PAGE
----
Defense strategy stirs questions
- By Alice Lipowicz
- Jul 17, 2005
One of the big questions about the Pentagon's new "Strategy for Homeland Defense and Civil Support" is whether it will increase federal support for information-sharing between military and civilian authorities.
"Does this mean a new source of money for information-sharing IT? That's what everyone wants to know," said a senior IT executive. The 40-page report is a rare view into the Defense Department's evolving approach to civil defense, and it has raised concerns about its adherence to Posse Comitatus Act constraints.
The report does not provide details on funding for specific programs. "Unfortunately the strategy doesn't give clarity," the IT executive said. IBM seeks Safety Act coverage
Following complaints from Rep. Martin Olav Sabo (D-Minn.) about potential privacy risks in granting Safety Act protections in 2004 for Lockheed Martin Corp.'s risk assessment platform for Capps II, the Transportation Security Administration announced that IBM Corp., the development and operations contractor for Capps II's successor, Secure Flight, also is seeking Safety Act coverage, said TSA spokeswoman Amy Von Walter.
Responding to Sabo's concerns, Von Walter said the Act "does not limit liability for harms caused when no act of terrorism has occurred," such as in the area of privacy.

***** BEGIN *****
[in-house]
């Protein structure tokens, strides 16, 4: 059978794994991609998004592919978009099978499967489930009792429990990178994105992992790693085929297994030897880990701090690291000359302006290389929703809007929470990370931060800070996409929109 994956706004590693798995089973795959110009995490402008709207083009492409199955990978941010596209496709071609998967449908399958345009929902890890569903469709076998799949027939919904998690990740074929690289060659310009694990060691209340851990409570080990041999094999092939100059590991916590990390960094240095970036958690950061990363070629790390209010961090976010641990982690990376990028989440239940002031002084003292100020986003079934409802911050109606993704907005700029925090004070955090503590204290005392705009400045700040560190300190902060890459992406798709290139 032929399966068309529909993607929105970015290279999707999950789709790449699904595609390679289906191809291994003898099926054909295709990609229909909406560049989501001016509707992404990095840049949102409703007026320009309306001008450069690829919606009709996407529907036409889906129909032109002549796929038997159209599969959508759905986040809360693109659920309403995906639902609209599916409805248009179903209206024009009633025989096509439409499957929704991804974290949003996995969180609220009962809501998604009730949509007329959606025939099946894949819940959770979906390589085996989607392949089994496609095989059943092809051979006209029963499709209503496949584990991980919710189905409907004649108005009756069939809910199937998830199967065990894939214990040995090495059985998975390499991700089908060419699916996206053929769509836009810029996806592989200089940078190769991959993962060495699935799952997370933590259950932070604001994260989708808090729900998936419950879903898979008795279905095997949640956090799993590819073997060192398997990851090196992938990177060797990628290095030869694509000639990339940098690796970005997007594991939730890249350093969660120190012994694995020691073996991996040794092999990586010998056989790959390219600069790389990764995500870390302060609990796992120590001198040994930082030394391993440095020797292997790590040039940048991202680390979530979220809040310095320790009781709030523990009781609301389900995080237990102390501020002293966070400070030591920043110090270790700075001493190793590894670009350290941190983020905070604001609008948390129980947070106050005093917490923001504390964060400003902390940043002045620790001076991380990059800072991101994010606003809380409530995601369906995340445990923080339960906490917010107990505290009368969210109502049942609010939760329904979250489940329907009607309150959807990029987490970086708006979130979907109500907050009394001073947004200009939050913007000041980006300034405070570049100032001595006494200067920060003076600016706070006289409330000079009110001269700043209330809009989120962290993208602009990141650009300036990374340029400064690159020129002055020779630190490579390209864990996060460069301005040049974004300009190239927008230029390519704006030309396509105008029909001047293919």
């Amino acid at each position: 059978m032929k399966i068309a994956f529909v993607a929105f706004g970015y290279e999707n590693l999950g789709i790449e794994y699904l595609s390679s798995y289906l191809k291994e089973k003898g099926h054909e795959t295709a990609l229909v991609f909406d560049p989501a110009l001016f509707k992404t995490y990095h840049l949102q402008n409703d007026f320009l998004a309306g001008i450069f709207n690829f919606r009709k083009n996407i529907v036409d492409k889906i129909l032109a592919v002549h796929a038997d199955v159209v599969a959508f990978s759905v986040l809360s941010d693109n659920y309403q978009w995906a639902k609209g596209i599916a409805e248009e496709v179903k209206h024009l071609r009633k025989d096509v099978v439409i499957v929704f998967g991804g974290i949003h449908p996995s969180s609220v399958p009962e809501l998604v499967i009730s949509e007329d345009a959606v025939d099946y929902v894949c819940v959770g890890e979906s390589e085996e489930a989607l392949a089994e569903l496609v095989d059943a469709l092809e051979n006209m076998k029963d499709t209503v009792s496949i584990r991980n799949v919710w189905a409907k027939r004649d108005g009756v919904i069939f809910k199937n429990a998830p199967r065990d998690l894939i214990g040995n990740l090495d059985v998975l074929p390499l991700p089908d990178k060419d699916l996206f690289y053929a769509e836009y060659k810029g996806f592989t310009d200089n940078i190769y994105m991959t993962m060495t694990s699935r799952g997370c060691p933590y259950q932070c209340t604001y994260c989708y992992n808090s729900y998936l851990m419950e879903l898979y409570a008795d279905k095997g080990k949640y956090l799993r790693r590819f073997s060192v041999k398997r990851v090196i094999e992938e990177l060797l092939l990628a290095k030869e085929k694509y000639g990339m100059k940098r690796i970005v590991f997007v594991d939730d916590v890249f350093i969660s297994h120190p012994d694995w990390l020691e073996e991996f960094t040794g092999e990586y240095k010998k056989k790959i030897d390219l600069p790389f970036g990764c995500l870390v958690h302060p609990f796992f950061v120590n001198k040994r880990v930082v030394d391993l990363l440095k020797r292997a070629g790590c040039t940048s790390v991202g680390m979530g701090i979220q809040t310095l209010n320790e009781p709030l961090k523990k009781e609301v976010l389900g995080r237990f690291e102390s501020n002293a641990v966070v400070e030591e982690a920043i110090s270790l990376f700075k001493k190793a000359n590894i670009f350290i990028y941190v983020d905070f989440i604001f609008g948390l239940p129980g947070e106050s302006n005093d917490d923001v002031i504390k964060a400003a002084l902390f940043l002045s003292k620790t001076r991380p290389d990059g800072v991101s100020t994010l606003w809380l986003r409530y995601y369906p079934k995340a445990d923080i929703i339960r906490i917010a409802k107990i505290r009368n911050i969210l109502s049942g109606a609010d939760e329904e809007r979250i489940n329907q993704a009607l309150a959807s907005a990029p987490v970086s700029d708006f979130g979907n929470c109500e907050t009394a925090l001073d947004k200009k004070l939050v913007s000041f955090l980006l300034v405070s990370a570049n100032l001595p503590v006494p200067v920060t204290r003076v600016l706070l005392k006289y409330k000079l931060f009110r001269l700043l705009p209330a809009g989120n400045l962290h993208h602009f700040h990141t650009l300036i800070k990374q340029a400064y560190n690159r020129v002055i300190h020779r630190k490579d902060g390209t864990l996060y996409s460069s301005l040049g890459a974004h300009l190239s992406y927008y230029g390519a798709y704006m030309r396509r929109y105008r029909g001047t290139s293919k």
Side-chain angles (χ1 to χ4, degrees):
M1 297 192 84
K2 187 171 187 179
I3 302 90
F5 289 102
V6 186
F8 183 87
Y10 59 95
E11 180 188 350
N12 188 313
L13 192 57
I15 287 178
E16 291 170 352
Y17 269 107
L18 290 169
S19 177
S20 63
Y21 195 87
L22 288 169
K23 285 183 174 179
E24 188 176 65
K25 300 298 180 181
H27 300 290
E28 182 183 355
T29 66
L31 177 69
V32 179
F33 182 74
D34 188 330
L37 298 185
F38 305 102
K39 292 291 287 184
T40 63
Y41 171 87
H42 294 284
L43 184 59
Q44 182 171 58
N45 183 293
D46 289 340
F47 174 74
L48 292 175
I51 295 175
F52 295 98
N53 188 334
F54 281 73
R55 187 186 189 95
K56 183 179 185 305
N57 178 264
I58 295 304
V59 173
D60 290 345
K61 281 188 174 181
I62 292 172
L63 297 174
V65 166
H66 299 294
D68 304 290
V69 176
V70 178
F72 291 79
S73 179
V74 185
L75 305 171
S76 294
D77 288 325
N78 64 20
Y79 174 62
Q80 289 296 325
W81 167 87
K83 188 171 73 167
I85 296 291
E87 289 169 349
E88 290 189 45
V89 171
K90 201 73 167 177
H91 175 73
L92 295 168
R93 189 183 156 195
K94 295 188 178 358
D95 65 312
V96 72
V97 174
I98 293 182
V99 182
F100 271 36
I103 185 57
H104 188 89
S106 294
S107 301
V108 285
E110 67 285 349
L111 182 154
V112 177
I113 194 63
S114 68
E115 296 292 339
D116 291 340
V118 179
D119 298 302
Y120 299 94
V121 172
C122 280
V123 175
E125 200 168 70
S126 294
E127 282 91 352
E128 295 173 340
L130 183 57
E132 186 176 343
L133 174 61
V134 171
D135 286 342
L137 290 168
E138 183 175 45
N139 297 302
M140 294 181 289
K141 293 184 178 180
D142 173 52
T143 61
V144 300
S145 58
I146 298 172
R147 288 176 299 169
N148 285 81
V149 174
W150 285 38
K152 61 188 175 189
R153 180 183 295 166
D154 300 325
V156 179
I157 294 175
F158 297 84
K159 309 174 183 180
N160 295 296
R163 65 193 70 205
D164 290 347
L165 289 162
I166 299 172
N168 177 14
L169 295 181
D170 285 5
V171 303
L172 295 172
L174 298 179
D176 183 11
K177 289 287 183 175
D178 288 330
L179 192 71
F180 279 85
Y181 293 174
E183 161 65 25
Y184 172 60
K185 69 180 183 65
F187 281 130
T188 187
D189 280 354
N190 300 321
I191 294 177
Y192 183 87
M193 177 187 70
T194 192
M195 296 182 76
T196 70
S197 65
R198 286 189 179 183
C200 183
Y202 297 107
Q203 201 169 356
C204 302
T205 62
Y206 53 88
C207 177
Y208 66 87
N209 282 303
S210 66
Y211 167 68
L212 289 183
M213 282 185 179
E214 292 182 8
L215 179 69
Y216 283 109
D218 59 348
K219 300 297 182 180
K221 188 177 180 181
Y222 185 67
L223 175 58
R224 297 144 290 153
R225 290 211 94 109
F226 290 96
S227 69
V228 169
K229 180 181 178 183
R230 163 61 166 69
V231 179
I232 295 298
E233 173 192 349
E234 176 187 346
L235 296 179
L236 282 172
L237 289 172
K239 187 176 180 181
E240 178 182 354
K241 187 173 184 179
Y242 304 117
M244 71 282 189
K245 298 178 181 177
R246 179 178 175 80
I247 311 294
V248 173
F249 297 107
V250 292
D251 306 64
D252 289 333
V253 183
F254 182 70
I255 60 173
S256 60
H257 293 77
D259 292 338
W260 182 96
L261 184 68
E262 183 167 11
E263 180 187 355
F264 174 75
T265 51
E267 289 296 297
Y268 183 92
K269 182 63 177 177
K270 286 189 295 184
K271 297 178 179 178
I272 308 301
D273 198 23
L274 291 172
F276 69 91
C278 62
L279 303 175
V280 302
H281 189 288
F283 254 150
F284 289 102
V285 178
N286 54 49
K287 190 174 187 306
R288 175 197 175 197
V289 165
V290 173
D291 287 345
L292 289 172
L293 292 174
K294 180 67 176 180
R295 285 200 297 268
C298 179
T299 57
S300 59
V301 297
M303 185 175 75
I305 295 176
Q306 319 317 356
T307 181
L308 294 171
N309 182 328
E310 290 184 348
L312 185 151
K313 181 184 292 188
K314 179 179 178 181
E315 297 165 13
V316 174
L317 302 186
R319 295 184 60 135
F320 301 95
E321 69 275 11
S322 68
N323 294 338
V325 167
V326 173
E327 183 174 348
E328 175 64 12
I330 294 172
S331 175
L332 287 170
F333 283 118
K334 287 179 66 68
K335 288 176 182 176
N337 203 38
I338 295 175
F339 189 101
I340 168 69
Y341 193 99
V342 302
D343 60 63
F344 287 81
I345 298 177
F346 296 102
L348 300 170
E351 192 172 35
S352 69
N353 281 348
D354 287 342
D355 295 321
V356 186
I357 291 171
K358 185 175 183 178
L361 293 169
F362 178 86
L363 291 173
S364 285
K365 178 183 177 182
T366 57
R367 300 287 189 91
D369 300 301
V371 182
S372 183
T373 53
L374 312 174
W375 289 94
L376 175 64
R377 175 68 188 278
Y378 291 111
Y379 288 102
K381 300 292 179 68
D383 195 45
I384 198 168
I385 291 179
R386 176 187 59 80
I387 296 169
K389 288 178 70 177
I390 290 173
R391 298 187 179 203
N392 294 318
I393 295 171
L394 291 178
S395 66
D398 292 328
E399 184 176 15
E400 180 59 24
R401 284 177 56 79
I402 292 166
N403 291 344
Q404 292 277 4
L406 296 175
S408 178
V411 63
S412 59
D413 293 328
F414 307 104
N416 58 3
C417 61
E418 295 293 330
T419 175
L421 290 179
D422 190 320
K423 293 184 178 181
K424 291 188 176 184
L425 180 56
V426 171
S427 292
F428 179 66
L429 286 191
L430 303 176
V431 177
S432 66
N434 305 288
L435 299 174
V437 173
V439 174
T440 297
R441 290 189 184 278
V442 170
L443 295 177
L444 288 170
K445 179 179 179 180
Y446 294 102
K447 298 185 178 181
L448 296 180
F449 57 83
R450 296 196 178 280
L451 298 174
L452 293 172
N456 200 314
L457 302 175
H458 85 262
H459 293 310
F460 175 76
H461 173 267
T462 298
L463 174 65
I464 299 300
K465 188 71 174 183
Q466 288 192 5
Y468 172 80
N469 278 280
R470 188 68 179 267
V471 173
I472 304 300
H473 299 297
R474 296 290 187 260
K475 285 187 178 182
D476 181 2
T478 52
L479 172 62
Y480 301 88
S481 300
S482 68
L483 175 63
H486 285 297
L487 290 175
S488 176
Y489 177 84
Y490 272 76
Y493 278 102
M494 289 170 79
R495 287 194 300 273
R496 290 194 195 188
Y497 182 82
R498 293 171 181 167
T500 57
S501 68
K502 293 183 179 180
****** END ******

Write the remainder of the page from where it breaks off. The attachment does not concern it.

Lockheed Martin's risk assessment platform is not being used in Secure Flight, Von Walter added. Senate bill boosts IV&V
The Senate report on the Homeland Security Appropriations bill gives a vote of confidence to independent verification and validation procedures. IV&V should be applied to more projects such as eMERGE2, Max HR, and the Homeland Secure Data Network, the report states.
The report also has positive words for homeland-related IT in general: "A 21st century department should not be operating on stovepiped, disconnected, inherited information technology systems. The department requires a 21st century technology base to achieve full effectiveness."
Alice Lipowicz is a staff writer covering government 2.0, homeland security and other IT policies for Federal Computer Week.